First the vinyl revival, now DVDs? Why physical media is making a comeback (2024)


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By Garry Maddox



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Ever since he skipped rugby training at his Irish high school to go to the cinema, Leslie Haworth has loved movies.

But as most people’s home viewing habits switched to streaming services, the photographer from Melbourne’s south-eastern suburbs kept buying DVDs. He shopped for ex-rental copies when DVD stores closed down, scoured op shops and snapped up hard-to-find titles online, both locally and overseas.

First the vinyl revival, now DVDs? Why physical media is making a comeback (1)

Haworth reckons he has 4500 DVDs, Blu-rays and higher quality 4K Ultra High Definition discs filed alphabetically in custom-built floor-to-ceiling shelves in his apartment, easily reachable with a library-style ladder. (The only exception to his meticulous filing is that classics from the Criterion Collection are ordered by spine number.)

“A lot of them are not on streaming services,” he says. “In Australia, we get the raw end of the deal as far as a lot of licensing agreements go.”

Haworth agrees with the theory that owning a physical copy of a film, a TV series or even a vinyl record is a deeper emotional connection to the content than just watching or listening on a streaming service. Music lovers have been showing this for years, driving a strong resurgence in vinyl sales.


But there is another attraction to owning a physical copy of a favourite film.


Haworth avoids what’s been dubbed “streaming anxiety” - the fear of losing movies, TV shows and music you’ve bought that are stored in the cloud.


“There are certain movies that it brings me some level of comfort knowing that I have it,” he says. “But with licensing agreements being what they are, the idea that something could be lost to time worries me.”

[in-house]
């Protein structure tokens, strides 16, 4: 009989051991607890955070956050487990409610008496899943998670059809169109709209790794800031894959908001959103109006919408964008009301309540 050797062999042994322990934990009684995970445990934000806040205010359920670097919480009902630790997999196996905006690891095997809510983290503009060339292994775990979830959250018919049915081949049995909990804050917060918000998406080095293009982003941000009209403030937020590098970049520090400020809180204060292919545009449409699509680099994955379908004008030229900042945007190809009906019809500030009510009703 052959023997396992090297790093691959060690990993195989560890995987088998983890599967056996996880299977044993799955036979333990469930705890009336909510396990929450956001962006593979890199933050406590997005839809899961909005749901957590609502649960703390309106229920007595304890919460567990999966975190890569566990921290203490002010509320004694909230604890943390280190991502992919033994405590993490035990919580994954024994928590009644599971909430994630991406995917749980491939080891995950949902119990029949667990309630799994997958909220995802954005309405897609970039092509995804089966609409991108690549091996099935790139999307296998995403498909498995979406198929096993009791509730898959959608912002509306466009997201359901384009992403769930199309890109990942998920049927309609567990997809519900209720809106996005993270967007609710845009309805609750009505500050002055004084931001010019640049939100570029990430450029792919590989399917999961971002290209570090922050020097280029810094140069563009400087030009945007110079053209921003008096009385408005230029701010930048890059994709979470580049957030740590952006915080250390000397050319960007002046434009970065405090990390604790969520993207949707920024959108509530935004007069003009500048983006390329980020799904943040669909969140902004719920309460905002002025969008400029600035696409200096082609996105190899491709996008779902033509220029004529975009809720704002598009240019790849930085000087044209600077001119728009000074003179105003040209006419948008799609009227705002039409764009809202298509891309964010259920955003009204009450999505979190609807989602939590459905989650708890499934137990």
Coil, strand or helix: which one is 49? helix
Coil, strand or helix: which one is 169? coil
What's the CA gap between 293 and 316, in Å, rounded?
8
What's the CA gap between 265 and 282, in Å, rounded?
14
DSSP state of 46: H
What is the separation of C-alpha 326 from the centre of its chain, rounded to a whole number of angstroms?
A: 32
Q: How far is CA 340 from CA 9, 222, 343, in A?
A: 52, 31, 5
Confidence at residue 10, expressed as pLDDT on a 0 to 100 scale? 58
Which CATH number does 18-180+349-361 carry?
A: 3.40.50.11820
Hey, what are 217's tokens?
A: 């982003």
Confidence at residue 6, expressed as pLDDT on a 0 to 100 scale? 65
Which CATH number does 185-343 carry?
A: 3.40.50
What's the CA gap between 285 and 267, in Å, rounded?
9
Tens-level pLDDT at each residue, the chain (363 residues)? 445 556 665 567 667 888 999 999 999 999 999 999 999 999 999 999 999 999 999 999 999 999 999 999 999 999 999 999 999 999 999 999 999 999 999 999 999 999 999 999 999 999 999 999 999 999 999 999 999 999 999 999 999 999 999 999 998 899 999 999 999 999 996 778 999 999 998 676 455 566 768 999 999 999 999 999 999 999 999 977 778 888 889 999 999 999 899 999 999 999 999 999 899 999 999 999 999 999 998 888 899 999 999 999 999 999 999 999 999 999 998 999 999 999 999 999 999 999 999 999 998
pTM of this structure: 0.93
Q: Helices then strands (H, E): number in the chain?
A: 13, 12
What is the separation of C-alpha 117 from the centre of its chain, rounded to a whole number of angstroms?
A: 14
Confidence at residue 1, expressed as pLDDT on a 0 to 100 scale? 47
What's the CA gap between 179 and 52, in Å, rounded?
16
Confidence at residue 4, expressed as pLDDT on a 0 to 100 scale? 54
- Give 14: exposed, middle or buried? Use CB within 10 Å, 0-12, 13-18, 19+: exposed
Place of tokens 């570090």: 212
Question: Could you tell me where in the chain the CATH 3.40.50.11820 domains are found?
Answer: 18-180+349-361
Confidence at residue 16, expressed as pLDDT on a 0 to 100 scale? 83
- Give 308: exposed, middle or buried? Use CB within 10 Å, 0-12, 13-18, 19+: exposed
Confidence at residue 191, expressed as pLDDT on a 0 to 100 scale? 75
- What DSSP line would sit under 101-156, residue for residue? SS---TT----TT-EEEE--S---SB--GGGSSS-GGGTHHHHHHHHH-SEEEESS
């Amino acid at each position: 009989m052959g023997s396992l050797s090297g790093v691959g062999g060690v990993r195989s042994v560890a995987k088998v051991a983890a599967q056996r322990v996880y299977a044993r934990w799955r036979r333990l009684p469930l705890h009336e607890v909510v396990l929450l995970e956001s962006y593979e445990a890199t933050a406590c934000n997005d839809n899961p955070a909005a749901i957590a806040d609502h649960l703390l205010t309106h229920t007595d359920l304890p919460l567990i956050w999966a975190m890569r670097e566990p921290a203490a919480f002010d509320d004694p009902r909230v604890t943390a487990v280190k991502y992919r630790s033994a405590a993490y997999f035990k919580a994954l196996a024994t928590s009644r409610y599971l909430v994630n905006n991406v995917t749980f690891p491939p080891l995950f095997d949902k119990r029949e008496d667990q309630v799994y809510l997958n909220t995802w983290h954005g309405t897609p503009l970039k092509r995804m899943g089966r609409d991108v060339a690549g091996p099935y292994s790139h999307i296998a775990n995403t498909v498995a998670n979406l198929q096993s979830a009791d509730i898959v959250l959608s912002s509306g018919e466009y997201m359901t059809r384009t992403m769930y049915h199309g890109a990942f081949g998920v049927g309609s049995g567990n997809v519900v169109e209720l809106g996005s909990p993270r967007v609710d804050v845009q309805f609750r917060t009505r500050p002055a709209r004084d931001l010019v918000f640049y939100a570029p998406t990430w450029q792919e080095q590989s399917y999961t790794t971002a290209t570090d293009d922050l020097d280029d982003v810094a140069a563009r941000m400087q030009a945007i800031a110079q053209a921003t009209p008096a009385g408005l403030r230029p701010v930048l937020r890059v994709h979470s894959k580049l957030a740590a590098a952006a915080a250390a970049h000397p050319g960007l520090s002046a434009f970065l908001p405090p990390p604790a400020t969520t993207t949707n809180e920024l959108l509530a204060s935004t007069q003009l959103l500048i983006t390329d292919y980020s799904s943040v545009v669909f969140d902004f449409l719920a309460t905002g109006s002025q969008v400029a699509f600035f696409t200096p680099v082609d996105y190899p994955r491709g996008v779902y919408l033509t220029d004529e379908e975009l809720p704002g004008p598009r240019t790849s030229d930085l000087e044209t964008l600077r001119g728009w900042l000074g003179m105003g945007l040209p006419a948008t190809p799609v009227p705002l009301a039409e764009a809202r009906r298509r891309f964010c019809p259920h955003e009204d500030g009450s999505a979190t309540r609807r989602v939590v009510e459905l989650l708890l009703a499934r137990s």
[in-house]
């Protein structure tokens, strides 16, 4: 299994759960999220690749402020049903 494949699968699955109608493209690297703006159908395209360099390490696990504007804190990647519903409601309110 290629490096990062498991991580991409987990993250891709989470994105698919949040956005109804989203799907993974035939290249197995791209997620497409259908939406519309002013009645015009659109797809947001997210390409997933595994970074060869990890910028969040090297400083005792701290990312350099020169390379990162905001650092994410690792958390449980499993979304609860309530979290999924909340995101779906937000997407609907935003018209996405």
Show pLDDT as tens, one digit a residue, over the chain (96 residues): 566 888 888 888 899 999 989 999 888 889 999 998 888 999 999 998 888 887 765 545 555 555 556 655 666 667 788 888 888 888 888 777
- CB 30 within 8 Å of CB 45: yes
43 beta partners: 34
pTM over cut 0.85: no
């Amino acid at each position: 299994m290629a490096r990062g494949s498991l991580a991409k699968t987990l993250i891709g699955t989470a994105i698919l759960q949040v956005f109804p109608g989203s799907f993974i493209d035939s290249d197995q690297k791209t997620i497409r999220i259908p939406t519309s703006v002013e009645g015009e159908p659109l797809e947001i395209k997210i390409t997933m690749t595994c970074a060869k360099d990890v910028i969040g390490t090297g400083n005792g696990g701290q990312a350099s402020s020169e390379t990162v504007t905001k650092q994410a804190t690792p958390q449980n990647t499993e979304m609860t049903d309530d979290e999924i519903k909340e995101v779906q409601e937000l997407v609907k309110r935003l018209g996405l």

Whenever there is a report about someone’s expensive collection being wiped out by a change of format or the end of a rights deal, it adds to streaming anxiety.

This month, it was Telstra TV Box Office customers being told they would lose access to films and TV shows they have bought when it shuts down next month unless they switch to another service, Fetch.

After the success of Oppenheimer in cinemas, director Christopher Nolan had a playful dig at this sense of impermanence when he urged fans to buy a physical copy rather than waiting for it to stream, saying: “We put a lot of care and attention into the Blu-ray version [which you can] put on a shelf so no evil streaming service can come steal it from you”.

The executive director of the Australian Home Entertainment Distributors Association, Chris Chard, says that while DVD sales are nowhere near spending on streaming services, there has been a surge in the popularity of 4K versions.

“People enjoy the ‘I’ve got it, I can see it, it’s sitting in my collection, it’s not in the cloud, there’s no mystery around it’,” he says. “The standout has been Oppenheimer, where Chris Nolan spent a lot of time preparing the film for its 4K physical release. He really wanted to make sure it was as close as it could possibly be to the cinematic experience.”

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Chard says 4K releases have led to a rise in what the industry calls back catalogue - classics and fan favourites from past years such as The Departed, The Lord of the Rings trilogy, Lawrence of Arabia, The Guns of Navarone and The Bridge On The River Kwai.

Even though there are signs of a boost in physical media sales, the rise of streaming services and websites that rent and sell digital movies has seen Australian spending on DVD and Blu-ray fall from more than $800 million in 2016 to just $111 million last year.

Even JB Hi-Fi, the dominant retailer now that the likes of Big W, Target and Kmart have scaled back, has reported that combined movies, music and games software accounted for just 4.2 per cent of total sales in the first six months of this financial year – down from 16.1 per cent in 2014-15.

Haworth, who watches an average of 220 films a year, is so keen on physical copies that he needs a battery of machines to play overseas and superseded formats.

“I’ve got a multi-regional Blu-ray player which will handle any Blu-ray,” he says. “Then I’ve got a 4K Blu-ray player; luckily 4K Blu-rays are not region coded ...

“Then I’ve got a VCR, for stuff that never made it off VHS, that will also play US tapes. I’ve got a laser disc player for those random times when I can find something that’s on laser disc. And we’ve got a rooftop cinema set-up so we can watch things up there as well.”

Find out the next TV, streaming series and movies to add to your must-sees. Get The Watchlist delivered every Thursday.



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